It’s been said that the extraordinary current measures – a national lockdown, school closures and travel restrictions are to prevent the NHS from becoming overwhelmed. Throughout this pandemic, however, I’ve found myself repeatedly pondering this idea. You see, the NHS I’ve worked in for the last decade appeared – by all accounts – to have been overwhelmed long ago.
Any UK medic can tell you tales of being on-call alone, covering dozens of hospital wards and hundreds of patients as a junior doctor. Of stumbling across patients who have died or come to serious harm because of understaffing, mistakes, or delays in treatment. Such scenarios are entirely commonplace, and are an institutional feature of our beloved NHS. For many years, GPs across the country have been collapsing under an unmanageable workload. In Pulse’s 2019 workload survey, 51% of GPs reported that they were working beyond safe levels.
Before Covid hit – whilst our health service battled to provide fertility treatments, gender reassignment surgery, prosthetic hands to amputees – there were little old ladies dying in hospital corridors up and down the country. Patients waited many hours to be seen in emergency departments or medical assessment units. Often, nurses were stretched so thin that patients appeared stranded and helpless – the comparison to war zone medicine isn’t far from the mark.
A survey undertaken by the Royal College of Midwives last year revealed that more than three quarters of midwives thought that the staffing levels in their trust were unsafe. If such a survey were ever to be conducted amongst junior doctors, I’m certain that the findings would match. Hospital trusts and primary care systems suffer from the same affliction – a failure to tackle staffing shortages and improve services, alongside a spiralling demand from an ageing population.
I believe that we, the UK medical profession, have found ourselves ground down into a position of learned helplessness. There’s been too much to change, and it’s felt too hard. We’ve lacked the capacity to imagine something better, and the strong hierarchies that exist in medicine have stifled change or improvement. We feel it’s our duty to persevere in keeping the system afloat, meaning that at times it can seem almost heretical to ask if the NHS is good enough.
Scandal after scandal comes out, seeing individual hospital trusts interrogated and admonished, but the truth remains unspoken – this is a national issue which affects the whole of the health service.
It may be instructive to reflect on historic scandals involving other avoidable public deaths. The response to the Hillsborough disaster wasn’t to offer ‘human factors’ or resilience training to the staff. After cover-up attempts were thwarted, it was recognised that a system overhaul was needed to avoid further tragedies at sporting events. But still, it took an enormous groundswell of public outrage to open up the scandal and demand change.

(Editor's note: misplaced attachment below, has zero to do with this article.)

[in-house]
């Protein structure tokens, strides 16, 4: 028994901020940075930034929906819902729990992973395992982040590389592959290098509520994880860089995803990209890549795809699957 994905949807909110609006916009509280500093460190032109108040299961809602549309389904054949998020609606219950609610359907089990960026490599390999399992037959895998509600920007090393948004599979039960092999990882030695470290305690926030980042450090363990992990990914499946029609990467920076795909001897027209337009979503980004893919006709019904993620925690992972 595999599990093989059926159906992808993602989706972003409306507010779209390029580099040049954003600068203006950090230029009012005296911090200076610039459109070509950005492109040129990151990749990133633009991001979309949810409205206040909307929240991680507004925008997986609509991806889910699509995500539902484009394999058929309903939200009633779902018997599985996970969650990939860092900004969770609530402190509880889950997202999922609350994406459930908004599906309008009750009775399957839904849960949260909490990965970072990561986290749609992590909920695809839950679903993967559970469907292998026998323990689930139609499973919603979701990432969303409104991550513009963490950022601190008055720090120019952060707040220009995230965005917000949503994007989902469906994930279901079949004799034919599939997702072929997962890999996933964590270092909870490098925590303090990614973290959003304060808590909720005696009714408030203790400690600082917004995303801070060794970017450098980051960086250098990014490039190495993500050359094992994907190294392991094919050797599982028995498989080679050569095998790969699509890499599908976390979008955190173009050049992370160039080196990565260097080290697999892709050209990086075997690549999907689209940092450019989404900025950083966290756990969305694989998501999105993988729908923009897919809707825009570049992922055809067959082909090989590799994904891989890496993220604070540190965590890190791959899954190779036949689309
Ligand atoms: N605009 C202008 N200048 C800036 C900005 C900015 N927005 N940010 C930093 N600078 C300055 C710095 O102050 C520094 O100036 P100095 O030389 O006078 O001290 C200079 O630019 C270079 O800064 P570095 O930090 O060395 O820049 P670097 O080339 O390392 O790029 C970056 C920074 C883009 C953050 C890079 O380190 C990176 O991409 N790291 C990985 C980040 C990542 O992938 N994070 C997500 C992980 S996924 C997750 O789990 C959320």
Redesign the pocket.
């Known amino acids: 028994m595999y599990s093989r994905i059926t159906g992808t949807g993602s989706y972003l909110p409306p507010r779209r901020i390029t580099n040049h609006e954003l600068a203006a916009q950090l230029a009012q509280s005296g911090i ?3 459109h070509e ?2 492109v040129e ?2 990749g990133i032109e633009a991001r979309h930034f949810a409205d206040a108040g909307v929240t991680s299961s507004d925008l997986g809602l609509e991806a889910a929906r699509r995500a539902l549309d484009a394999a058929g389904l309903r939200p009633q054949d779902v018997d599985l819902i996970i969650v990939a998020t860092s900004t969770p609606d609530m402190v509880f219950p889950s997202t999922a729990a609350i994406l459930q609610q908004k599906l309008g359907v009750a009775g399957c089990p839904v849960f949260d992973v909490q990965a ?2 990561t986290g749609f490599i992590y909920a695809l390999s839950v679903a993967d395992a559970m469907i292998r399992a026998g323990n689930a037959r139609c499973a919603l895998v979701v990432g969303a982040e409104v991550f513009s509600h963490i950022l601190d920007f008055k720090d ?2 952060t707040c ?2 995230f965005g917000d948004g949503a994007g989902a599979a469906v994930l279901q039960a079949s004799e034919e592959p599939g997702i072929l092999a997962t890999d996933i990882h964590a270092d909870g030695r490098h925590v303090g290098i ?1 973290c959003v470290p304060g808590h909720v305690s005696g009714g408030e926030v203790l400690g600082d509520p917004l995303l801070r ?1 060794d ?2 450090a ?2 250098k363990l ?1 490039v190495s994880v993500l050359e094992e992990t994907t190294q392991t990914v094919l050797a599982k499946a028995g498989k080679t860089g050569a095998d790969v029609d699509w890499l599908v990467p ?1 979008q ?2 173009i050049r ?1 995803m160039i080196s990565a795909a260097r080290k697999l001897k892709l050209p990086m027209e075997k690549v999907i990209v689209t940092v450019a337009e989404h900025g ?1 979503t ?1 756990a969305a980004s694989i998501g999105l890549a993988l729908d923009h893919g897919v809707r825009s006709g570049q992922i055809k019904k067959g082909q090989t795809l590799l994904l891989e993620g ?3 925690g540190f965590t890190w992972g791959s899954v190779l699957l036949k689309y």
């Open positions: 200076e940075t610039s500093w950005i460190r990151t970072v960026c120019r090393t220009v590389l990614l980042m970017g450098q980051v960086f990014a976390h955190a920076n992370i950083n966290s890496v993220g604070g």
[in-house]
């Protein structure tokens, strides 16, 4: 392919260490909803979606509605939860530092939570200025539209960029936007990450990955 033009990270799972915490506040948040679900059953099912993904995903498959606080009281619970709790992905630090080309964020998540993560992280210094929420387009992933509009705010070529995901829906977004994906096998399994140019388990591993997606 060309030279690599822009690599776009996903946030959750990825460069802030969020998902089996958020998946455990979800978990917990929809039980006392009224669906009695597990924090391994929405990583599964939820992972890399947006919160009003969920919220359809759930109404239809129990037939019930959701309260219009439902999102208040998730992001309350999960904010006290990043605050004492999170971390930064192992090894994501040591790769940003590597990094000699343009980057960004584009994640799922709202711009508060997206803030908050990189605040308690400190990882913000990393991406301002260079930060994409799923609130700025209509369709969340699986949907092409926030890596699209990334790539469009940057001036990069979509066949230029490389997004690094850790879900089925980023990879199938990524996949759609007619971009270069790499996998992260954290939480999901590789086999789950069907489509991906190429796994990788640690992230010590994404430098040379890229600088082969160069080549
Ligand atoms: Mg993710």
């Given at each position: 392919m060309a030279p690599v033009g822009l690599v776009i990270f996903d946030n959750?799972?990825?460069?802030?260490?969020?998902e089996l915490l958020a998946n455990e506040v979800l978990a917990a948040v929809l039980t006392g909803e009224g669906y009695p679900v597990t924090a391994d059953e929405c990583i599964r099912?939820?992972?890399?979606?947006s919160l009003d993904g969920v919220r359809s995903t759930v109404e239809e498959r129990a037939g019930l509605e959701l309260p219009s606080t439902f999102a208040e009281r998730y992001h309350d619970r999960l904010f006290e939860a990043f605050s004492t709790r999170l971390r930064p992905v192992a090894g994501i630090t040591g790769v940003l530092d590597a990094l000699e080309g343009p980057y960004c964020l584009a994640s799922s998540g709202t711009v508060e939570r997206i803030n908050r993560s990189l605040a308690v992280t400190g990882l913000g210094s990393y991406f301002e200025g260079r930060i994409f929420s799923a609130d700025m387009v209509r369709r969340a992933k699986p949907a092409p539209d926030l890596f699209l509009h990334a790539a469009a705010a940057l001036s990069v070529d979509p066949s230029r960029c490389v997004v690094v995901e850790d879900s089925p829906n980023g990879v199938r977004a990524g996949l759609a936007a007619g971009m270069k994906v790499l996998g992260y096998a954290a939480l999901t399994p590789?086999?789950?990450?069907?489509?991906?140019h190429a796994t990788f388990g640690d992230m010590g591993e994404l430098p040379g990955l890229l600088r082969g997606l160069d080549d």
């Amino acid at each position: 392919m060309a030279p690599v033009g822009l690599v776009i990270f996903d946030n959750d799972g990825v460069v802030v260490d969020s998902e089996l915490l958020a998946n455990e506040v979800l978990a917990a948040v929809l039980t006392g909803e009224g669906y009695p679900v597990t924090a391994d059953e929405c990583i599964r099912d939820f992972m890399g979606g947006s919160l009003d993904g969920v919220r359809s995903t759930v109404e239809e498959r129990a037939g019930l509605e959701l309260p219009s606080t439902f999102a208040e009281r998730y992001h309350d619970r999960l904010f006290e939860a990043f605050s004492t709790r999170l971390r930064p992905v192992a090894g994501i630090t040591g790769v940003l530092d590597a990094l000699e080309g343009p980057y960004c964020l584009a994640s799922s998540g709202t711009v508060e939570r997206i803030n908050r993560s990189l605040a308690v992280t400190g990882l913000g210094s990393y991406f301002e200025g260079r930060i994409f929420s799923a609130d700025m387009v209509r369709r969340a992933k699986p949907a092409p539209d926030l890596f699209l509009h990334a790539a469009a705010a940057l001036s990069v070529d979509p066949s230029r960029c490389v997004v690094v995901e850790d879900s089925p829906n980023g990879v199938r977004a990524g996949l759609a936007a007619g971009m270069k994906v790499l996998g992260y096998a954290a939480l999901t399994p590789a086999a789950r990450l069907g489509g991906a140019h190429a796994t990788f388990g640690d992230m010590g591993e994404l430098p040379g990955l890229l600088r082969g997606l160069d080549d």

Likewise, the NHS now needs root and branch reform. The deep-seated issues – which will have been responsible for many thousands of avoidable deaths over the years (not just this past year) – cannot be solved by throwing money at the problem. A public inquiry into patient safety issues in the NHS is long overdue.
Our society has a responsibility (and now the perfect opportunity) to call for better – we must not allow ourselves to feel numb and indifferent to the failings in the health service any longer. Why have so many died in the UK? Why has our health service been incapable of adapting to a moderate increase in demand, for which it should have been prepared? How on earth will the NHS ever regain control of surgical or outpatient waiting times? Make no mistake, our health service was already on the brink of collapse. Covid was simply the final straw.
As we walk away from the burning embers of the NHS at the end of the pandemic, I cannot help but dream of building something better, and stronger, which can serve us all in our time of need. Where we regain a focus on the things that matter, and go back to providing the basics of decent medical care to the whole population, at an affordable price for all.
We must not resort to infighting, or blaming ‘Covid-deniers’, instead of placing the focus of our rage where it deserves to be placed – at the feet of those who have been managing the NHS in recent years. After all, it’s not Covid that has brought about this catastrophe – it is they.
It’s now their responsibility to fix it.
Dr Katie Musgrave is a newly-qualified GP in Devon and quality improvement fellow for the South West
Pulse is carrying out a snapshot survey on GP workload based on GPs’ day in practice on Monday 1 March. We are asking GPs to take part to help raise awareness about the strain the profession is under.